National Trust: orchards are disappearing from the landscape
According to a National Trust study, orchards are disappearing from the landscape, with an area the size of the Isle of Wight lost since 1900.
The loss of more than half of England’s and Wales’ orchards is having an impact on flora and fauna, according to the organisation. Orchards have been razed to make space for housing and agriculture. The southwest has suffered the greatest decline.
Many of the orchards that were once on the outskirts of our towns and cities in the 18th and 19th centuries have been lost to urban expansion and often remain as map evidence or street names only, said Annie Reilly of the National Trust.
For generations, the vibrant display of springtime blossoms has been a part of British tradition and culture, with orchard fruit trees among the first to bloom.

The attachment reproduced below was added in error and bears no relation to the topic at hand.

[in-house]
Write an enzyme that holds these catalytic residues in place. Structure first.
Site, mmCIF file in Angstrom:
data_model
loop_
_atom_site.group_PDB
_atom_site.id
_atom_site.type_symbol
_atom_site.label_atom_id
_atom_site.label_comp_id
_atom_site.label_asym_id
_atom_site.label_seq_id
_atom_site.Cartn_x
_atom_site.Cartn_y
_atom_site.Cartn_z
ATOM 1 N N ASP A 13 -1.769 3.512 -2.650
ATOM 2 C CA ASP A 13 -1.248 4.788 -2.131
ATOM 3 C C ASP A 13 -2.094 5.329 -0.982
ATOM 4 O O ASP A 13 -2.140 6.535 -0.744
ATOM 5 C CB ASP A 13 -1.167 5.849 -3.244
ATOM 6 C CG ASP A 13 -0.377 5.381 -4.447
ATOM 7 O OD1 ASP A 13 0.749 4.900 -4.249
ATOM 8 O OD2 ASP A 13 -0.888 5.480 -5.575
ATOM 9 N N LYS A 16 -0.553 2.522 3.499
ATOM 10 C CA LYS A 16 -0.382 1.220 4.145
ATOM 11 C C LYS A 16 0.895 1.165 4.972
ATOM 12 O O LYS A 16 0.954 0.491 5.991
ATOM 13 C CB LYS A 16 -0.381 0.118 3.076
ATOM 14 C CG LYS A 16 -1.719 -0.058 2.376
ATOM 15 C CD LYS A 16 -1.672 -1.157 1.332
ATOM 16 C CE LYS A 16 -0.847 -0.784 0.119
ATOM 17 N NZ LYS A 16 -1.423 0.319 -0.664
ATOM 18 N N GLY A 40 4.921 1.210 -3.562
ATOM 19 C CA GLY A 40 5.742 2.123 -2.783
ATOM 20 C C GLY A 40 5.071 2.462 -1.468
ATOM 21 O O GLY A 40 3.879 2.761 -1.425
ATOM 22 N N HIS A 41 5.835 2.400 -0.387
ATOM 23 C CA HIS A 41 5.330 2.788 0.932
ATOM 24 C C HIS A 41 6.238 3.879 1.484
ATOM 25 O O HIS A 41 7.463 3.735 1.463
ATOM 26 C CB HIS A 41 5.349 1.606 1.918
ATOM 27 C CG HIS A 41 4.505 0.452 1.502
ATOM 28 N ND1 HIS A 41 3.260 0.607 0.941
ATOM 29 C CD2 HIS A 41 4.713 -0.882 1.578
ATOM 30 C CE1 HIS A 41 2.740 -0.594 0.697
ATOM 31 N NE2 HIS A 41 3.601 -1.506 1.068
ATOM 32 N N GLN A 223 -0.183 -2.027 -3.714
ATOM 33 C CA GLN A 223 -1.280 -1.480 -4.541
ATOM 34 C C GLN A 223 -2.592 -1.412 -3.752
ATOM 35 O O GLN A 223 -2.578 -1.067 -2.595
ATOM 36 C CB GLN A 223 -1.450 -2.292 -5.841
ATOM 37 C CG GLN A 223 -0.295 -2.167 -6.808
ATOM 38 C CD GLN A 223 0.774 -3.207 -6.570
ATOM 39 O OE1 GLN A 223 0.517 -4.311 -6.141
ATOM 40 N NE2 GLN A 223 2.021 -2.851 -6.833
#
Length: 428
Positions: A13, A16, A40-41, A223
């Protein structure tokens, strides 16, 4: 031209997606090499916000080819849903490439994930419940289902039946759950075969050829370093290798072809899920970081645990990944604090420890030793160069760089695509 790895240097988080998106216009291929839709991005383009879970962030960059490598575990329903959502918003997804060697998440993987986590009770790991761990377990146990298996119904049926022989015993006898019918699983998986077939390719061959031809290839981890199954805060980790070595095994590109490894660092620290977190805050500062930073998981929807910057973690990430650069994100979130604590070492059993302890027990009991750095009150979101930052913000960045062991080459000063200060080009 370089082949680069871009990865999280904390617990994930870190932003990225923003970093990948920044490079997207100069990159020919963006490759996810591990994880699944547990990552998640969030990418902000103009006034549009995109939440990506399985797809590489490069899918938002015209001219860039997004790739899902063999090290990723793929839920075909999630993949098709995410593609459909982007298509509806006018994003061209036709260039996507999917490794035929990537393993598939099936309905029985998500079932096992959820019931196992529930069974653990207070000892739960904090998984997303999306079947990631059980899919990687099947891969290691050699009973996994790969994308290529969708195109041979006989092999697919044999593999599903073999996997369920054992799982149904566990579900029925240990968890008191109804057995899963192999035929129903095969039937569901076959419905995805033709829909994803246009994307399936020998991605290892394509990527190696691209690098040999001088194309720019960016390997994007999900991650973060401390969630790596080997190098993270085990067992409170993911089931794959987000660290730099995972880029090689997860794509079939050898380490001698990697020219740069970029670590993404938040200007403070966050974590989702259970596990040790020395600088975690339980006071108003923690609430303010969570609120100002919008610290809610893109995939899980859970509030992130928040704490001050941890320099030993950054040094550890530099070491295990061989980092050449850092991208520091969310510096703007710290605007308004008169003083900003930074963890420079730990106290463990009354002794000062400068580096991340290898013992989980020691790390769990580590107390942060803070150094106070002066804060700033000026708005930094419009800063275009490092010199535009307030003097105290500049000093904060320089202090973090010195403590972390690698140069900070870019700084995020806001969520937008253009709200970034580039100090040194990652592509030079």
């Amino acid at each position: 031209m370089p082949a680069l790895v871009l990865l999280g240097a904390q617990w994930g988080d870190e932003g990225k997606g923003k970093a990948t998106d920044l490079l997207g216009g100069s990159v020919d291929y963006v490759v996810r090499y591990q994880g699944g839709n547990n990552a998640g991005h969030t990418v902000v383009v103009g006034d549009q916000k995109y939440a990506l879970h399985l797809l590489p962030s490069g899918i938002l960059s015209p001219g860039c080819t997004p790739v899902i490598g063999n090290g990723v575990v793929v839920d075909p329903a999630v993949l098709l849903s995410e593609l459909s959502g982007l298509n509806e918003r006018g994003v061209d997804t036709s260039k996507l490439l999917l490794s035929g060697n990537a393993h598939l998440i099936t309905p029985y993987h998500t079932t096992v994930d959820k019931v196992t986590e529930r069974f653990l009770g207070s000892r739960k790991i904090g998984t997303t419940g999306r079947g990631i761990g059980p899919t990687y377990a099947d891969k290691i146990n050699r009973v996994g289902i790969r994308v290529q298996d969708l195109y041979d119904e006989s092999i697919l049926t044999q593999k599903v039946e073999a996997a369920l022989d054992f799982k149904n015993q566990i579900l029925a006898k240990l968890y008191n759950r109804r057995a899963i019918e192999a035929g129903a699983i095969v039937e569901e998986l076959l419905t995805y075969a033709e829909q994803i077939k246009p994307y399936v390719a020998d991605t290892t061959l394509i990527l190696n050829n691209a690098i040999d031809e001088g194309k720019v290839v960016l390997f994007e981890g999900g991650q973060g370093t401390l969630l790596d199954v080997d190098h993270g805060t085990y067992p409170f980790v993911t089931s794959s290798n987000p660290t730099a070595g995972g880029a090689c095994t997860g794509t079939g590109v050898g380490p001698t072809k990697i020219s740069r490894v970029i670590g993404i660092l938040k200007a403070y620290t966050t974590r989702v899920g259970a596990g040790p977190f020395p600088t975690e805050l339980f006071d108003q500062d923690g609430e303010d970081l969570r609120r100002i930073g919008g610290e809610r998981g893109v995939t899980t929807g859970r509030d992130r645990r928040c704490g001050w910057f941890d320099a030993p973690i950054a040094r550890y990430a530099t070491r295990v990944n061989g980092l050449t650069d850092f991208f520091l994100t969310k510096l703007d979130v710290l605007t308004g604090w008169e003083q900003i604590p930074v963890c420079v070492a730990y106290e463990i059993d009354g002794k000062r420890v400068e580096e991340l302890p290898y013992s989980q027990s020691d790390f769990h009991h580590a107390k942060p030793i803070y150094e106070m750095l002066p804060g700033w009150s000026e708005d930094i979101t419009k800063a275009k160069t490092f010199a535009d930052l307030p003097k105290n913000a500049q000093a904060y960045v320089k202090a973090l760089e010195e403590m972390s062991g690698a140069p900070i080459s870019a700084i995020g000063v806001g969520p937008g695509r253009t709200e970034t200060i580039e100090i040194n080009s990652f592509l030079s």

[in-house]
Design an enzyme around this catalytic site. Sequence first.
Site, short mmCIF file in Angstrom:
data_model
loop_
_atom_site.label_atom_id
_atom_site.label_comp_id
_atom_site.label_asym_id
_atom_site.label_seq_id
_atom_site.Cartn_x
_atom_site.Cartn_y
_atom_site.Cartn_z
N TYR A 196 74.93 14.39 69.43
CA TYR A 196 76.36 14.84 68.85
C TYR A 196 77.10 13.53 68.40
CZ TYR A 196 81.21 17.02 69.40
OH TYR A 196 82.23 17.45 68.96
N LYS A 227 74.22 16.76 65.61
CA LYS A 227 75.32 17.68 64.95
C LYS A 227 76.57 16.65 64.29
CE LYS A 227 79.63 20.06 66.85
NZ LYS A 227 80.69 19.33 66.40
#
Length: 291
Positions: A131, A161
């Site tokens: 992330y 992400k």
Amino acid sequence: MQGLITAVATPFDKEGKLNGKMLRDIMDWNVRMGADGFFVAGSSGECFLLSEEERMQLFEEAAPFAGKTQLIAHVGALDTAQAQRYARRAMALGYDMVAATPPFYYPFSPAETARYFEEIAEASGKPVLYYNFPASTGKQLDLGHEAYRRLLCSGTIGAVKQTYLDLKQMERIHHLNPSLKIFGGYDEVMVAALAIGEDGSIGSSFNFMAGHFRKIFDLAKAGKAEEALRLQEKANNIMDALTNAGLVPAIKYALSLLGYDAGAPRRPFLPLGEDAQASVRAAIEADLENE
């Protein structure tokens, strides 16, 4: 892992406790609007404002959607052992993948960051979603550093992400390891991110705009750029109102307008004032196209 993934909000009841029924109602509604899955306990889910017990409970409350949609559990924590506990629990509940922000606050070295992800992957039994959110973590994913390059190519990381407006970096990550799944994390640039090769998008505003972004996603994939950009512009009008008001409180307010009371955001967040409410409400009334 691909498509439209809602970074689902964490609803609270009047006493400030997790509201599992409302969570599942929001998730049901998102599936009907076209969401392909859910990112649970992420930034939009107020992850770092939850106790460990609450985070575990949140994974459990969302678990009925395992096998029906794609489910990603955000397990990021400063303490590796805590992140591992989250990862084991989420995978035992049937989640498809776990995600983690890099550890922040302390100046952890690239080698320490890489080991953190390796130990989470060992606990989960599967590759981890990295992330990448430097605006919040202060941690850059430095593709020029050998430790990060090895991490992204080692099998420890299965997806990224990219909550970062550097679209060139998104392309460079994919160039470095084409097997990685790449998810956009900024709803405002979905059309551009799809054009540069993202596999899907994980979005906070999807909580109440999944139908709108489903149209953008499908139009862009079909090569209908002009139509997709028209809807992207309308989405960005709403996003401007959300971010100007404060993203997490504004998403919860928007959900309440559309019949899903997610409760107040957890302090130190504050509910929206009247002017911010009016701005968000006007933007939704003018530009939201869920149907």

Flies, bees, bats, and birds can all be found in traditional orchards. Patrolling bats have a home in the knotted trunks and branches of trees while pollinating insects eat the blooms.
The researchers used data sets provided by Natural England and The People’s Trust for Endangered Species with artificial intelligence to analyse old maps maintained by the National Library of Scotland.
According to the National Trust for Historic Preservation:
Modern and traditional orchards have dropped by 56% in England and Wales, with only 43,017 hectares (106,297 acres) available to grow today – an area slightly larger than the Isle of Wight. Traditional orchards in England and Wales have decreased by 81 per cent (78,874 hectares/194,902 acres). Today, Kent has the most overall orchard cover of any English county. It is one of just three English counties, along with Suffolk and East Sussex, that now has more orchards than it did 100 years ago, thanks to the planting of more modern orchards.
As part of its goal to plant and establish 20 million trees across England, Wales, and Northern Ireland by 2030, the National Trust has pledged to plant four million blooming trees.